phase-1General cardiovascular fitness – this comprises the aerobic or fat-burning base that allows for a constant background energy supply, a high threshold for carbohydrate burning, a good tolerance for the lactic acid produced and the ability to push repeatedly into these high intensity training zones.  Overall high VO2 max is less important than the ability to work at high percentages of your VO2 max (since even with specific training it won’t change as efficiently as the thresholds).

PHASE I SESSIONS

Some long sessions of more than an hour (run, bike row etc) that allow you to keep a steady pace and a heart rate at around 70-75% of max.  Then some stronger pushes for aerobic capacity of around 20mins and 85% of max and then finally some interval work that takes you into the lactate zones 87-90% of max for short repeated exposures to that intensity

Aerobic base – Continuous Greater than 1 hour 70-75% of Heart Rate Max
Aerobic capacity – Intervals 3x20mins with 2mins rest 85-87% of Heart Rate Max
Threshold – Intervals 4-6×4-8mins with 6-12mins rest 87-89% of Heart Rate Max

PHASE II

skifit-1Strength, this takes you through from starting to build control to building the characteristic big quads and glutes that are the engine of the downhill skier.

Start with basic movement patterns of body weight exercises, that prepare the soft tissues for adaptation – tendons take longer than muscle to adapt to new loads, so if you want to avoid some of the potential injuries that keep you off your training its good to work steadily through this phase of four to six weeks.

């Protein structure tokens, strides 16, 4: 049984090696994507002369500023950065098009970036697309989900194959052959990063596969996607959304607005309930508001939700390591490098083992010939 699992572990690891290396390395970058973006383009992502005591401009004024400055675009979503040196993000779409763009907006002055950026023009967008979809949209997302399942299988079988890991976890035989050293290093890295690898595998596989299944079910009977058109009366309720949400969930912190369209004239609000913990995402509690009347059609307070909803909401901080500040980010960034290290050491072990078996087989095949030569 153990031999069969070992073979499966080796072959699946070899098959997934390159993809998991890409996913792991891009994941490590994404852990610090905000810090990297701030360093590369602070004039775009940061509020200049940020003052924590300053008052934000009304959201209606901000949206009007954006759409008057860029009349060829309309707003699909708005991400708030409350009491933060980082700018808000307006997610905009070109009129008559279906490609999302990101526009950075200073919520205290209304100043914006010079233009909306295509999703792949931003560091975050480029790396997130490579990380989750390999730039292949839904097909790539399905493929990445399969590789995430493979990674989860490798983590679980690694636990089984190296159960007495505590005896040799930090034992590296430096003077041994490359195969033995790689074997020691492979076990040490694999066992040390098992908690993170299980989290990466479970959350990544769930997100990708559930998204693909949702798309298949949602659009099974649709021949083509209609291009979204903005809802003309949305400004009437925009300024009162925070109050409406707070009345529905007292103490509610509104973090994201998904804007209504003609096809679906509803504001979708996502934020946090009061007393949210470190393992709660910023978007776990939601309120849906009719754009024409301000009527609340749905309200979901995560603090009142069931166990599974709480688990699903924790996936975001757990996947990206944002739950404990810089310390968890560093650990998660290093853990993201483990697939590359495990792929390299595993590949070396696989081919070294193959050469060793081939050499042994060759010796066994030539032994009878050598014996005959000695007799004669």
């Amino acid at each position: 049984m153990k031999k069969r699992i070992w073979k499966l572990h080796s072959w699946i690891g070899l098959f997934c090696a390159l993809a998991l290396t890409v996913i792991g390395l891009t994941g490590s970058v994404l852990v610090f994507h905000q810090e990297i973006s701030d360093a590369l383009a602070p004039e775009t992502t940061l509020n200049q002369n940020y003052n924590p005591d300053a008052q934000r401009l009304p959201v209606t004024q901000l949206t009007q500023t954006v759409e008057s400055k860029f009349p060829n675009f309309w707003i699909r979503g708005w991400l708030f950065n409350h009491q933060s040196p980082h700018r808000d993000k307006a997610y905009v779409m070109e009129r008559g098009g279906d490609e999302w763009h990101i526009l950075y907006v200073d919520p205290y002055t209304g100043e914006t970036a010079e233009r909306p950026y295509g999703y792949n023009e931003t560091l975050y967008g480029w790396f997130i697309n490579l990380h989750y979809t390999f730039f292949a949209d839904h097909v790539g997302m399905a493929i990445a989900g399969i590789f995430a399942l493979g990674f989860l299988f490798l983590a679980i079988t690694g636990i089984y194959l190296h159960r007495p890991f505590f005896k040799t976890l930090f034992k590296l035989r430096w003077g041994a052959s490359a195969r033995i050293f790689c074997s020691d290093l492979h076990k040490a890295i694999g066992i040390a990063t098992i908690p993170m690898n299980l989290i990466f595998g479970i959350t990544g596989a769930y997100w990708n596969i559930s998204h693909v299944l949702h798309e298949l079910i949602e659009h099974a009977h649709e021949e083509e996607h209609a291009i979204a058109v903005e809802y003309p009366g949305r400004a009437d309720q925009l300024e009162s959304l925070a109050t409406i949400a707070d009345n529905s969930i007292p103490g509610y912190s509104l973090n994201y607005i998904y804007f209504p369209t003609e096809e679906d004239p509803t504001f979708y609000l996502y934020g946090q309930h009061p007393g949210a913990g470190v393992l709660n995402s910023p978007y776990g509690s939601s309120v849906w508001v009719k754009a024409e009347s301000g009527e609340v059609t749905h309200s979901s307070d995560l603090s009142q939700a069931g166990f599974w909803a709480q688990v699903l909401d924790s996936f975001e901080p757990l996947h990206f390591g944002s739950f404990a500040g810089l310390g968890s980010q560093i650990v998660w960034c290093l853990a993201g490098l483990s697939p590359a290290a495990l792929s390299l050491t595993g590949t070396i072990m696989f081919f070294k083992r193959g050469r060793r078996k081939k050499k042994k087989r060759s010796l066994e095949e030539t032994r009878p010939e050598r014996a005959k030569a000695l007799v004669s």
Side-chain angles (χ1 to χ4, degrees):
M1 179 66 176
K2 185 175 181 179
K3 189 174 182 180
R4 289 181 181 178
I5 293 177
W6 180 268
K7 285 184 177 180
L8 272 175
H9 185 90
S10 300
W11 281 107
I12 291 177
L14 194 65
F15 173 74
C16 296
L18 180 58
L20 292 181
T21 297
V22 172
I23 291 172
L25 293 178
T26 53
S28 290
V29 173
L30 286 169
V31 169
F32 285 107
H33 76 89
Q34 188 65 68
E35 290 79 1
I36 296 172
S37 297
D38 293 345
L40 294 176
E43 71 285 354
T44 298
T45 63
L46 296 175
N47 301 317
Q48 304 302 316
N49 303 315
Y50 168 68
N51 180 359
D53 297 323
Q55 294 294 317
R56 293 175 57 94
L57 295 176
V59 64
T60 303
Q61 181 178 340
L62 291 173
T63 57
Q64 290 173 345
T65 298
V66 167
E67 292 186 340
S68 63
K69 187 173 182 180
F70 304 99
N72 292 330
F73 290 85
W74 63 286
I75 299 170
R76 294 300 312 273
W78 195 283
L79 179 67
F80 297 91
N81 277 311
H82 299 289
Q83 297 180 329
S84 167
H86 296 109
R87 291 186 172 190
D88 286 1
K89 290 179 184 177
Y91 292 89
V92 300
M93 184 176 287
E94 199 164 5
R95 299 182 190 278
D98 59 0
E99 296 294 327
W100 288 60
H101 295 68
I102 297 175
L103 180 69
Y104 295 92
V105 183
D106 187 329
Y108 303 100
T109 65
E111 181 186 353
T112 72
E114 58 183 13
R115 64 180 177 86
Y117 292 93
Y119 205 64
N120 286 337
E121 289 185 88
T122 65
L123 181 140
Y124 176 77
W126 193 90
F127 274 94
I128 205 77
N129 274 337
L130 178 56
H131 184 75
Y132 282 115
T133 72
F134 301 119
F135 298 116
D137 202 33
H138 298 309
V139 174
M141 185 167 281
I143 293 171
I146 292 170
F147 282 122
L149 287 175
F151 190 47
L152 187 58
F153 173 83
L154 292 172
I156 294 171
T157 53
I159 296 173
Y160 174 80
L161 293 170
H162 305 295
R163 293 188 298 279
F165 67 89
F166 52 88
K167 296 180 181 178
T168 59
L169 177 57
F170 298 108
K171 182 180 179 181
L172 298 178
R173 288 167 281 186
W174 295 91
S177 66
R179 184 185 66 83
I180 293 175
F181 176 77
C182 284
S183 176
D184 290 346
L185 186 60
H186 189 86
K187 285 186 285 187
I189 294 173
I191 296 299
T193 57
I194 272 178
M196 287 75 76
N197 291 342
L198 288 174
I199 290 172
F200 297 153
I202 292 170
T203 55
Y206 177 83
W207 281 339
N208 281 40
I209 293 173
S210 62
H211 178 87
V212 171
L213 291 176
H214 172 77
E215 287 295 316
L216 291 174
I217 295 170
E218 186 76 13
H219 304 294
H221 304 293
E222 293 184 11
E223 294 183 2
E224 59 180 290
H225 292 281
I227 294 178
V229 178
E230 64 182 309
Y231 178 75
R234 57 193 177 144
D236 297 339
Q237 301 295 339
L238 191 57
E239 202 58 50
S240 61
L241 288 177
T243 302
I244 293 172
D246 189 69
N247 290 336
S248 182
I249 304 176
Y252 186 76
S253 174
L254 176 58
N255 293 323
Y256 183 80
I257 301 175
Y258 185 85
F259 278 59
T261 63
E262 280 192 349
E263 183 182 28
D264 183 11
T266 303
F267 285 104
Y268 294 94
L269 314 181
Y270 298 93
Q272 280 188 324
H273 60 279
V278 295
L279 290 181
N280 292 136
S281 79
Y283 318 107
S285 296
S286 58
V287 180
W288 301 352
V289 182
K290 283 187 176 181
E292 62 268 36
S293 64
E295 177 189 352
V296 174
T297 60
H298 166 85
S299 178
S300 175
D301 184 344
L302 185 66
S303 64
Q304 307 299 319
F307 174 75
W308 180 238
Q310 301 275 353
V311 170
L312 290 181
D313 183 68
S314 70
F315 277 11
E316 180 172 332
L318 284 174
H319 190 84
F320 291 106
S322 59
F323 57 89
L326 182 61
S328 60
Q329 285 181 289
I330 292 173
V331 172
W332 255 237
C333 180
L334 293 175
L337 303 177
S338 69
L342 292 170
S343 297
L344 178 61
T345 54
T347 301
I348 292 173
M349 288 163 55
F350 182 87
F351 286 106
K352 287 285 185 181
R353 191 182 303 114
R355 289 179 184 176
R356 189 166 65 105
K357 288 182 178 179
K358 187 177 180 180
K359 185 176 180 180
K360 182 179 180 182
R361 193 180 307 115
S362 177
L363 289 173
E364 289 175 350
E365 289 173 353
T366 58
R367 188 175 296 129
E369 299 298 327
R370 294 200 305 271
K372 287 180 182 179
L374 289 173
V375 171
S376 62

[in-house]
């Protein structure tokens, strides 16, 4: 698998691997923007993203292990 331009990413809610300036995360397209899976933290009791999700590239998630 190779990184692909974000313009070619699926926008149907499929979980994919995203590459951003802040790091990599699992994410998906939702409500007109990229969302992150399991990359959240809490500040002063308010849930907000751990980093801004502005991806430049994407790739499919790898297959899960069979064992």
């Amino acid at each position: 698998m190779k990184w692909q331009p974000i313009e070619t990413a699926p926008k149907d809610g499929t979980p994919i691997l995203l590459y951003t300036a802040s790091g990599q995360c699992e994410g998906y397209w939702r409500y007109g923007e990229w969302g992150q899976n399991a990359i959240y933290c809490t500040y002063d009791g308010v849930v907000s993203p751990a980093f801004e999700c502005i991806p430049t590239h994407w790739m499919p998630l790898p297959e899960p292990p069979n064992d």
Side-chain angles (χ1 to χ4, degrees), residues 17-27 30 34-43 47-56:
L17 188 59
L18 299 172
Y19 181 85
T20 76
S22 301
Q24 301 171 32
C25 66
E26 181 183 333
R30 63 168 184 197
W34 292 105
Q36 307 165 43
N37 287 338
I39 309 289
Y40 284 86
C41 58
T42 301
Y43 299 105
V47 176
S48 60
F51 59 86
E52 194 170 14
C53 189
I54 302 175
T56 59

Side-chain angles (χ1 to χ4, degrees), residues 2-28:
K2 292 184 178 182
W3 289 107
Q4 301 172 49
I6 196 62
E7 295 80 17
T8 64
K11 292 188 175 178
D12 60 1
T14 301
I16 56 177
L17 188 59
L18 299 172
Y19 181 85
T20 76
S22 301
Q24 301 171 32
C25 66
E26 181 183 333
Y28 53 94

PHASE II Sessions x3-4 per week

Core mixed work out using straight planks, side planks, rotational work, on front, back, side, CLANKS etc.  A mix of Pilates and Ashtanga yoga can give you a great variation to the standard exercises. Body weight squats, lunges progressing to single leg work will bring on the strength and control.  Lastly come to the weights.

Core 15-20mins X3-4 per week
Body weight exercises 3×15-20reps X3-4 per week
Weights 5×5 reps with weights at 80-90% of one repetition maximum X3 per week

PHASE III – Power

phase-4Continuation of the above training with reduced weight and greater speed – this can incorporate plyometrics (hopping and bounding / explosive movements) to help peak for the race to get the best result of strength and speed for racing.

 

Phase III – sessions

Legs Explosive squats 4×6 at 75% of max X2 per week
core Medicine ball work out throw / catch X2 per week
Dynamic control Single leg hops with jumps and rotations. X2 per week

In conclusion talking the Eurotest is a big undertaking – the body must be sufficiently prepared to allow you to ski with sufficient technique that you can go fast enough and do many hundreds of runs without the body breaking down.  Plenty of time should be budgeted so as not to rush any of the stages.  The above sessions are a guide to illustrate the process and do not represent a full training programme.  An ‘off the shelf’ training programme that we recommend is our very own SkiFit programme which addresses all the phases mentioned above and provides good groundwork for your training. For personalised programmes a strength and conditioning coach should be consulted as they will help establish your base fitness and also your strengths and weakness that need to be addressed as part of the programme.

Without doubt proper physical conditioning improves your chances of passing the Eurotest – improper preparation leaves you wide open to injury and not meeting your goals.

Written by Neil Maclean-Martin. SkiFit